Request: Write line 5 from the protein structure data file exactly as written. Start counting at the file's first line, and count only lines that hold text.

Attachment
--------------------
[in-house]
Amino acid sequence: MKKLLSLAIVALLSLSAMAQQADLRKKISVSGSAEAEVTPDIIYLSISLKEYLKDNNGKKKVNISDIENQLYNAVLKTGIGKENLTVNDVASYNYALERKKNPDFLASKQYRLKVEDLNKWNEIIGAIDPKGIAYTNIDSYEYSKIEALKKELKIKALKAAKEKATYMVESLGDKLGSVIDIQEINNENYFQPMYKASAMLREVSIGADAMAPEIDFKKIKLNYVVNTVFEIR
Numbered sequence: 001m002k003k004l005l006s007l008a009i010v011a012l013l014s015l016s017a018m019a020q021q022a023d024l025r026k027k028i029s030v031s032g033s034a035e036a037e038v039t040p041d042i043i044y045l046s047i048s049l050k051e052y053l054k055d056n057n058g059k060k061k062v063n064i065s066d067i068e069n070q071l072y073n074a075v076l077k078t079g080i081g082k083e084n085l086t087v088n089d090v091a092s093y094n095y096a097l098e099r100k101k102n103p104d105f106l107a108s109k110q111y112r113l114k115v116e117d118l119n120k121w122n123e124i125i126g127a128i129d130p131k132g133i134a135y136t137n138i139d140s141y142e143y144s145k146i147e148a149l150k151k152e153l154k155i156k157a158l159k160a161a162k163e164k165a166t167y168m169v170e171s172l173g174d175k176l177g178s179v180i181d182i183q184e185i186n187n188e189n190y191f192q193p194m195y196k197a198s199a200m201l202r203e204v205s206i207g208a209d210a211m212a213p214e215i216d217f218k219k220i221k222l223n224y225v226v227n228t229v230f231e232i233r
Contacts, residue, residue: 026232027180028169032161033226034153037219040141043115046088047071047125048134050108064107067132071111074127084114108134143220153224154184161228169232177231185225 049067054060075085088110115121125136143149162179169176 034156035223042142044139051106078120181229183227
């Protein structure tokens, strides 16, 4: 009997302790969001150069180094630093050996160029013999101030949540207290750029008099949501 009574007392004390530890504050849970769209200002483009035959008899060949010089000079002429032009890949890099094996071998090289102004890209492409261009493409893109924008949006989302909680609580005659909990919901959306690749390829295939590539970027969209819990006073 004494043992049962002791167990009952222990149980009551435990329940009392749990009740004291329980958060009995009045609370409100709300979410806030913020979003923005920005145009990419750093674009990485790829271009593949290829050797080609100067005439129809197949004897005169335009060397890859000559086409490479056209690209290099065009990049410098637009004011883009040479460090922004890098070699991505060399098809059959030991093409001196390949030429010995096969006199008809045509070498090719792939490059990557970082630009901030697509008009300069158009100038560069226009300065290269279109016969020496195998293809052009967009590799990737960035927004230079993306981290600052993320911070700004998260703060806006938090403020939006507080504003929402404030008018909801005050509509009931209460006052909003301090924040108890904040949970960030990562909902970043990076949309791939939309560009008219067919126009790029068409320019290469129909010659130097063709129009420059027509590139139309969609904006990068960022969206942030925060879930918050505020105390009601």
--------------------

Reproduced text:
């Protein structure tokens, strides 16, 4: 009997302790969001150069180094630093050996160029013999101030949540207290750029008099949501 009574007392004390530890504050849970769209200002483009035959008899060949010089000079002429032009890949890099094996071998090289102004890209492409261009493409893109924008949006989302909680609580005659909990919901959306690749390829295939590539970027969209819990006073 004494043992049962002791167990009952222990149980009551435990329940009392749990009740004291329980958060009995009045609370409100709300979410806030913020979003923005920005145009990419750093674009990485790829271009593949290829050797080609100067005439129809197949004897005169335009060397890859000559086409490479056209690209290099065009990049410098637009004011883009040479460090922004890098070699991505060399098809059959030991093409001196390949030429010995096969006199008809045509070498090719792939490059990557970082630009901030697509008009300069158009100038560069226009300065290269279109016969020496195998293809052009967009590799990737960035927004230079993306981290600052993320911070700004998260703060806006938090403020939006507080504003929402404030008018909801005050509509009931209460006052909003301090924040108890904040949970960030990562909902970043990076949309791939939309560009008219067919126009790029068409320019290469129909010659130097063709129009420059027509590139139309969609904006990068960022969206942030925060879930918050505020105390009601």